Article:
Saturday 20 September 2014

Bible Book:

"'He shall be to you a restorer of life and a nourisher of your old age; for the daughter-in-law who loves you, who is more to you than seven sons, has borne him.' Then Naomi took the child and laid him in her bosom, and became his nurse. The women of the neighbourhood gave him a name. 'A son has been born to Naomi.'" (vv. 15-17)

Ruth 4:13-17 Saturday 20 September 2014


The book of Ruth is short enough to read all the way through andit is worth doing so. Some of the action may be puzzling incontemporary terms, being related to Israelite rules about theobligations of a deceased man's closest male relative to marry hiswidow and raise up children in the dead man's name. But much of itis very recognisable human behaviour, told from the perspective ofthe women involved: the desperate poverty of two women on theirown; the tendency of men to 'bother' young women forced to findtheir living on the fringes of society; the way women readcorrectly the over-generous behaviour of the relatively wealthyBoaz; the audacity of two women determined to find a legal solutionto their dilemma; and the influence of the village women inretelling and interpreting the whole soap opera.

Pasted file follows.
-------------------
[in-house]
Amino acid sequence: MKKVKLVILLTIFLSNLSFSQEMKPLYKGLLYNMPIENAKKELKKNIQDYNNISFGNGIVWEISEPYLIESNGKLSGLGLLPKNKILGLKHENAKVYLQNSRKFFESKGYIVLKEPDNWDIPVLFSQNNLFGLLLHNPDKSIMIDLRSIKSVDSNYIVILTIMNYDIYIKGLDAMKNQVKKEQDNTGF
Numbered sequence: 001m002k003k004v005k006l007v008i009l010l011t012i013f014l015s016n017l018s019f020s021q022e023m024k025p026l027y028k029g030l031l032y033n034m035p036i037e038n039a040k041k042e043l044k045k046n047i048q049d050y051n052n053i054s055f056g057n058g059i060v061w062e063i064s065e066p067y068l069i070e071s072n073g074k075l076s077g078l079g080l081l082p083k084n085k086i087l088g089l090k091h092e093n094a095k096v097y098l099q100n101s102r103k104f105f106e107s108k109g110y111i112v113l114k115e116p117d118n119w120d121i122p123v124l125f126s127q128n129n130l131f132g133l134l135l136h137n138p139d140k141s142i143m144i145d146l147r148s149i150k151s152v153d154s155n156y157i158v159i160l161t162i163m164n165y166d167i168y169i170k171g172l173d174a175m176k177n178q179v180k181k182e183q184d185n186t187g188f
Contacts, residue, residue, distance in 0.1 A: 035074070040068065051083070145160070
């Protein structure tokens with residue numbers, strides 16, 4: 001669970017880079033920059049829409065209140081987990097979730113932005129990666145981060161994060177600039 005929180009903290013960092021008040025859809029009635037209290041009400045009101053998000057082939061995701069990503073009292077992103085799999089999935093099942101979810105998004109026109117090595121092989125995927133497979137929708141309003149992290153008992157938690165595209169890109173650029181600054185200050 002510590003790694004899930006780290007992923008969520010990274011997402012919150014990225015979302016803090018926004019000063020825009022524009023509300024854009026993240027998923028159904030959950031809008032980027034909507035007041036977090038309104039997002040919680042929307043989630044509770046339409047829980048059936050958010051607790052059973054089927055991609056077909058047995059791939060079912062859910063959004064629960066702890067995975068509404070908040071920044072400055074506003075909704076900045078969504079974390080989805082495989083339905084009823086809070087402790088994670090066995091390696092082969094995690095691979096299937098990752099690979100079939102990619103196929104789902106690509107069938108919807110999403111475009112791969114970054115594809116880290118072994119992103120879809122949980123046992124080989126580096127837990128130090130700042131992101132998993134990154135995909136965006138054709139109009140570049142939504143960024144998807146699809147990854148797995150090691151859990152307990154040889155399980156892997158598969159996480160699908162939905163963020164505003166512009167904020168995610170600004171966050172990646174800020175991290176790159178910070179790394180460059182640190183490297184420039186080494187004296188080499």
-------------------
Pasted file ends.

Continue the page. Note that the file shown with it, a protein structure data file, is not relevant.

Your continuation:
What the conclusion reveals is that it is really the story of Naomirather than that of Ruth, even if she plays a leading part. It isabout how Naomi's fortunes are restored (rather like thoseof Job after she has endured terrible loss andin particular the pain of losing both her sons and, as she hadimagined, her possible grandchildren.

Many grandmothers today can echo the village women's estimate of agrandchild as "a restorer of life and a nourisher of old age". Veryfew (in our society at least) would go so far as to breastfeed thebaby, and no-one would refer to the child as the grandmother's own.But this exaggeration emphasises the significance of the reversalthat has been achieved for the woman who called herself 'Mara'(bitter) (Ruth 1:20), because of the astounding love ofher daughter-in-law who would not abandon her, and became more toher than "seven sons". In a world where only sons really counted,this is praise indeed.

To Ponder

  • This is story with no miraculous or divine intervention. Allthe action is achieved by the women; yet at the end the villagewomen say "Blessed be the Lord" for the outcome. Is this right inyour view? How does this apply in your life?
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